Miami forms new alcohol committee
By Eric Robinette, Staff Writer
March 31, 2015
OXFORD — Miami University has created a new Alcohol Coordinating Committee to try to change attitudes, behaviors and consequences of high-risk consumption, including binge drinking.
Miami’s President David Hodge last year announced the formation of an Alcohol Task Force, which issued its first report and action plan this week. The new committee has created a website listing its findings and programs, including drug and alcohol treatment and counseling.
The task force’s report found that Miami’s high-risk drinking rates ranked higher than the national average. From 2007 to 2012, abstainers and non-drinkers showed an increasing population nationally among new students, according to the report. However, four to six weeks after students arrived on campus, fewer students report being non-drinkers. Whereas nationally, this decrease is at a 15 percent rate of change, at Miami, it’s 24 percent.
“Simply put, Miami students are less likely to remain non-drinkers after they arrive on campus, compared to the national average,” the report states. Other findings included that Miami students were more likely to be binge drinkers.
“As a member of the task force, I appreciated how open students were as they talked to us about the culture at Miami. They are looking for nonjudgmental conversations about how to have alcohol be a part of their social lives but not the center of it,” said Jayne Brownell, vice president for student affairs, in a news release.
“There are also many students who don’t drink alcohol at all and who feel invisible on campus,” she said. “We need a new approach that is honest and direct and that helps students develop a ‘safe and smart’ approach in their alcohol decisions.”
Some students just back from Miami’s spring break on Tuesday seemed skeptical about how effective the new committee could be, or about how much of a problem alcohol is at the university.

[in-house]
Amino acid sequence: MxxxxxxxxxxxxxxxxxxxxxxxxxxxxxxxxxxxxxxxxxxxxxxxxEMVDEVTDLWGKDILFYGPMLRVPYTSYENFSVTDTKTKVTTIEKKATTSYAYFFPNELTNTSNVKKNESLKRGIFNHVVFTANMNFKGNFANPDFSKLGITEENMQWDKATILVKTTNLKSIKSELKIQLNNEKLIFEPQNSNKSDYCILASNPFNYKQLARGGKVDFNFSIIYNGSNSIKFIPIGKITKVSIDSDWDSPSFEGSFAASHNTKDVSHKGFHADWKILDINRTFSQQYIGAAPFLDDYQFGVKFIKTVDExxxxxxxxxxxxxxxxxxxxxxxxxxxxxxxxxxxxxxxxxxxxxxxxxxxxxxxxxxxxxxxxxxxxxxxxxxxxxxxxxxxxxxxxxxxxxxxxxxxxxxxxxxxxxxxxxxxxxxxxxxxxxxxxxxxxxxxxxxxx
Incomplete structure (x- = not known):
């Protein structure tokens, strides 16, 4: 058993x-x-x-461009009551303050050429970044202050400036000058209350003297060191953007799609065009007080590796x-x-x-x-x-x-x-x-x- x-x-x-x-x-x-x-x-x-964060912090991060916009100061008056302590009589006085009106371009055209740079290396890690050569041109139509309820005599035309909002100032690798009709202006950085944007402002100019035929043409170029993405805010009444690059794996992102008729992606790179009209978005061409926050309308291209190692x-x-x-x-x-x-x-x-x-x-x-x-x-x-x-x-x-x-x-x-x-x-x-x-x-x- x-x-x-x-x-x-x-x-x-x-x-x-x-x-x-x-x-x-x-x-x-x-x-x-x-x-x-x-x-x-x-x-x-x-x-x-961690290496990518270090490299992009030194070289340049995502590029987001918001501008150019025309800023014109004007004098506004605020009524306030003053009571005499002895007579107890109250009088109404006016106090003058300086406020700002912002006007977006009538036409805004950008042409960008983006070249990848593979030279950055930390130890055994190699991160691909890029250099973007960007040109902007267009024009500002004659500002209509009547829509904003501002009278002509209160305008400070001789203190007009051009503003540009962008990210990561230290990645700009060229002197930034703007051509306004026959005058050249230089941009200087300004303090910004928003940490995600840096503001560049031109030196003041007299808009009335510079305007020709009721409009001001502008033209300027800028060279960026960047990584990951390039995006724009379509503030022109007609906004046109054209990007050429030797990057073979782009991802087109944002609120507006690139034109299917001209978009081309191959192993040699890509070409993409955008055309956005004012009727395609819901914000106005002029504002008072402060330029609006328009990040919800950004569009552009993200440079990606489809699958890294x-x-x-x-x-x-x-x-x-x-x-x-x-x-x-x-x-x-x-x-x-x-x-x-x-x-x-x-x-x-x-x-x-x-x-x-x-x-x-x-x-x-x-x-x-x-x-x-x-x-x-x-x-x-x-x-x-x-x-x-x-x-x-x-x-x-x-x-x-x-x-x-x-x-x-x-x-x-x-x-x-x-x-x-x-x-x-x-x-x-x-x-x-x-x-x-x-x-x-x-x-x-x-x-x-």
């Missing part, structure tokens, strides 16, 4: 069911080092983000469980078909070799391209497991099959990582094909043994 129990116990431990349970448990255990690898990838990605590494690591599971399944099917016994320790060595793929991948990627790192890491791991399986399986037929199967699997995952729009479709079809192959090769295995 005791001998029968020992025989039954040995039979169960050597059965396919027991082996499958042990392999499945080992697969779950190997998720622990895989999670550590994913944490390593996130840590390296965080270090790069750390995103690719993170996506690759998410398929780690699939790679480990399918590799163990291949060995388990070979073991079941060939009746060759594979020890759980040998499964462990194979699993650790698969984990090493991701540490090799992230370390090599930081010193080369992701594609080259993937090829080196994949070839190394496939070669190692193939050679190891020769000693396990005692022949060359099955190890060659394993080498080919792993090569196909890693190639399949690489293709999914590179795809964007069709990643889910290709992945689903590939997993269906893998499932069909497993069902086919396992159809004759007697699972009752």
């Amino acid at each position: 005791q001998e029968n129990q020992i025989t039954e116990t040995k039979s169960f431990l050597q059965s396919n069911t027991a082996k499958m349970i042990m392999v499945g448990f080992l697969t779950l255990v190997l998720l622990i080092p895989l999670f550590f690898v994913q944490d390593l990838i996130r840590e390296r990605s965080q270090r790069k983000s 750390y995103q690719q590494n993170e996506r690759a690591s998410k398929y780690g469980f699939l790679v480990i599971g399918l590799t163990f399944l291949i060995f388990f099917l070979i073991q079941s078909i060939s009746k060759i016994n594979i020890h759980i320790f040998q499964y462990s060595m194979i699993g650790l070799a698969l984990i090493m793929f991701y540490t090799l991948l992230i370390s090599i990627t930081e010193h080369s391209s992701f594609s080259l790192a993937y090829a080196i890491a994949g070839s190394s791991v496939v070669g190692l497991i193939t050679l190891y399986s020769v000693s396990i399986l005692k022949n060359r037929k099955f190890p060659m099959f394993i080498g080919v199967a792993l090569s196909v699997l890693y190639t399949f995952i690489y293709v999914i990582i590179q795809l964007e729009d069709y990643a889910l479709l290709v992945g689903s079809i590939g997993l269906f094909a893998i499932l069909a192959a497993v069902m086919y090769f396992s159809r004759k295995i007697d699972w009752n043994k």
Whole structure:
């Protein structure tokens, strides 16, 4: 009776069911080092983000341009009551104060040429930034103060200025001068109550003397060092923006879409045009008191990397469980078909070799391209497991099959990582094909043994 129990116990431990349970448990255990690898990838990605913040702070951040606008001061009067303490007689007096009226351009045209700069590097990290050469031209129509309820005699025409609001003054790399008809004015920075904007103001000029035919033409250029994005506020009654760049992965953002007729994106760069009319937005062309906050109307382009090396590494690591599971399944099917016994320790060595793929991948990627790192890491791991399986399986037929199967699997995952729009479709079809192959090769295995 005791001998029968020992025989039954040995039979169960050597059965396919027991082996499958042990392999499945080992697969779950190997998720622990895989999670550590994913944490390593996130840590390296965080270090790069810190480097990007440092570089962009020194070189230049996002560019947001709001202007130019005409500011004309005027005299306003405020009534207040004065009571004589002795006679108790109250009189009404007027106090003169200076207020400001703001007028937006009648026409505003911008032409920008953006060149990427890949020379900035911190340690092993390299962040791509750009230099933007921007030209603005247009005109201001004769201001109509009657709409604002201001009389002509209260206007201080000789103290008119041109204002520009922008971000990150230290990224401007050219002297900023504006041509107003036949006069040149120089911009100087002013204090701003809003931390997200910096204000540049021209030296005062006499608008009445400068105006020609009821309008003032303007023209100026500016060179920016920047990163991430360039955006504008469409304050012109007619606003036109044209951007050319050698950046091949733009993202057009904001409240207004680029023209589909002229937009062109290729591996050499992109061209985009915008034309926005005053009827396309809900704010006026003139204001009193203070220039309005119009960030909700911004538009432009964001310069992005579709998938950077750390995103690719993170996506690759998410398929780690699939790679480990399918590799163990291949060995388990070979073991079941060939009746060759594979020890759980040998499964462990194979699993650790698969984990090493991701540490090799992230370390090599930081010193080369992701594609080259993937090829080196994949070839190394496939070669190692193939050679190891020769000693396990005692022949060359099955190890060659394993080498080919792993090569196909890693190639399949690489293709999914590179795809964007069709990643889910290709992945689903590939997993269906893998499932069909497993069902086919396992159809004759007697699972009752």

“Me personally, I don’t think a committee is going to change how college kids drink on campus. This is just like any other college,” said freshman Shira Rodman of Maryland. “Diversity is a big issue on our campus, how people treat each other and where money goes is a big issue. I don’t think trying to change how students are going to drink is a pressing matter.”
Alex Wright of Cincinnati, a sophomore, said, “I don’t think Miami has that big a problem. I don’t think that many people binge drink. There’s certainly a group of people that do, but I don’t think it’s a majority.”
Samantha Bozada, a sophomore from Dayton, thinks there are misconceptions about just how much students drink.
“A lot of people say you’re not considered an alcoholic when you’re at college, which I think is a misconception, because I think you can be considered an alcoholic if you are drinking that much and binge-drinking every day,” Bozada said. “People think since you’re in college, it’s the time to drink a lot.”
The new Alcohol Coordinating Committee plans to form work groups dealing with specific topics, including policy and enforcement, off-campus interventions, academic support, education and prevention and treatment. Members of the committee will come from various branches of the university, including student government, athletics and the office of student wellness.